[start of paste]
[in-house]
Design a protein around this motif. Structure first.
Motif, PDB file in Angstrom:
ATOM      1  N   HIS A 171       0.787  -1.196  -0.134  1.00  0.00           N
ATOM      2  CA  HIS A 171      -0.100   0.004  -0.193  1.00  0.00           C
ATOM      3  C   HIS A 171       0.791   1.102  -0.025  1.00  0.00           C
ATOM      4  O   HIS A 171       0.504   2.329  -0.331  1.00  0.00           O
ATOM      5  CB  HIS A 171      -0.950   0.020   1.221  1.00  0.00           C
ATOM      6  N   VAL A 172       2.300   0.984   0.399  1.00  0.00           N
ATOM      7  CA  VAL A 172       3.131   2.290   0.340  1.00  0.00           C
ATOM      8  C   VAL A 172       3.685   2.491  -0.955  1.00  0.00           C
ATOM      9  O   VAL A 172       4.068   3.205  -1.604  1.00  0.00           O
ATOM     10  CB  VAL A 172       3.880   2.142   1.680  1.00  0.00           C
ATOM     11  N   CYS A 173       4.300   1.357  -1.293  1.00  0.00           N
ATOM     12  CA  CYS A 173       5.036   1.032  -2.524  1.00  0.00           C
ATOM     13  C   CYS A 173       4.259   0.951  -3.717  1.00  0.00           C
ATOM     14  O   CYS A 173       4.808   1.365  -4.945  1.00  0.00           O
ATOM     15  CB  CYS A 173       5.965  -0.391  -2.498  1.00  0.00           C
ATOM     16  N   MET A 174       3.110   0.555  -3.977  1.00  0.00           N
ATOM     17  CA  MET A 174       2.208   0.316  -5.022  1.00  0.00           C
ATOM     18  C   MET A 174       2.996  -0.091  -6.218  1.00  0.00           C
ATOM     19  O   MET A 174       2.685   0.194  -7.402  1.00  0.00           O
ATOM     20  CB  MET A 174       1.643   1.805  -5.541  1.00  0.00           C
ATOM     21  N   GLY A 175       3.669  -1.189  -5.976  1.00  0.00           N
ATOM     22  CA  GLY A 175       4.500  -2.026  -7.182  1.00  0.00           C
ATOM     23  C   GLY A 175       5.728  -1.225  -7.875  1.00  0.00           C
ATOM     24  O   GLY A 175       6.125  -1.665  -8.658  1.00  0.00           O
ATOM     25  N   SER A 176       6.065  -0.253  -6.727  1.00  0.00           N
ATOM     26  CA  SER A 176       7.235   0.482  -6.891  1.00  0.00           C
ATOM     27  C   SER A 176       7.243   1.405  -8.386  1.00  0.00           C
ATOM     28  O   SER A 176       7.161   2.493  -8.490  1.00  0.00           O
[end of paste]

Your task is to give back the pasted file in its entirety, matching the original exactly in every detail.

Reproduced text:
[in-house]
Design a protein around this motif. Structure first.
Motif, PDB file in Angstrom:
ATOM      1  N   HIS A 171       0.787  -1.196  -0.134  1.00  0.00           N
ATOM      2  CA  HIS A 171      -0.100   0.004  -0.193  1.00  0.00           C
ATOM      3  C   HIS A 171       0.791   1.102  -0.025  1.00  0.00           C
ATOM      4  O   HIS A 171       0.504   2.329  -0.331  1.00  0.00           O
ATOM      5  CB  HIS A 171      -0.950   0.020   1.221  1.00  0.00           C
ATOM      6  N   VAL A 172       2.300   0.984   0.399  1.00  0.00           N
ATOM      7  CA  VAL A 172       3.131   2.290   0.340  1.00  0.00           C
ATOM      8  C   VAL A 172       3.685   2.491  -0.955  1.00  0.00           C
ATOM      9  O   VAL A 172       4.068   3.205  -1.604  1.00  0.00           O
ATOM     10  CB  VAL A 172       3.880   2.142   1.680  1.00  0.00           C
ATOM     11  N   CYS A 173       4.300   1.357  -1.293  1.00  0.00           N
ATOM     12  CA  CYS A 173       5.036   1.032  -2.524  1.00  0.00           C
ATOM     13  C   CYS A 173       4.259   0.951  -3.717  1.00  0.00           C
ATOM     14  O   CYS A 173       4.808   1.365  -4.945  1.00  0.00           O
ATOM     15  CB  CYS A 173       5.965  -0.391  -2.498  1.00  0.00           C
ATOM     16  N   MET A 174       3.110   0.555  -3.977  1.00  0.00           N
ATOM     17  CA  MET A 174       2.208   0.316  -5.022  1.00  0.00           C
ATOM     18  C   MET A 174       2.996  -0.091  -6.218  1.00  0.00           C
ATOM     19  O   MET A 174       2.685   0.194  -7.402  1.00  0.00           O
ATOM     20  CB  MET A 174       1.643   1.805  -5.541  1.00  0.00           C
ATOM     21  N   GLY A 175       3.669  -1.189  -5.976  1.00  0.00           N
ATOM     22  CA  GLY A 175       4.500  -2.026  -7.182  1.00  0.00           C
ATOM     23  C   GLY A 175       5.728  -1.225  -7.875  1.00  0.00           C
ATOM     24  O   GLY A 175       6.125  -1.665  -8.658  1.00  0.00           O
ATOM     25  N   SER A 176       6.065  -0.253  -6.727  1.00  0.00           N
ATOM     26  CA  SER A 176       7.235   0.482  -6.891  1.00  0.00           C
ATOM     27  C   SER A 176       7.243   1.405  -8.386  1.00  0.00           C
ATOM     28  O   SER A 176       7.161   2.493  -8.490  1.00  0.00           O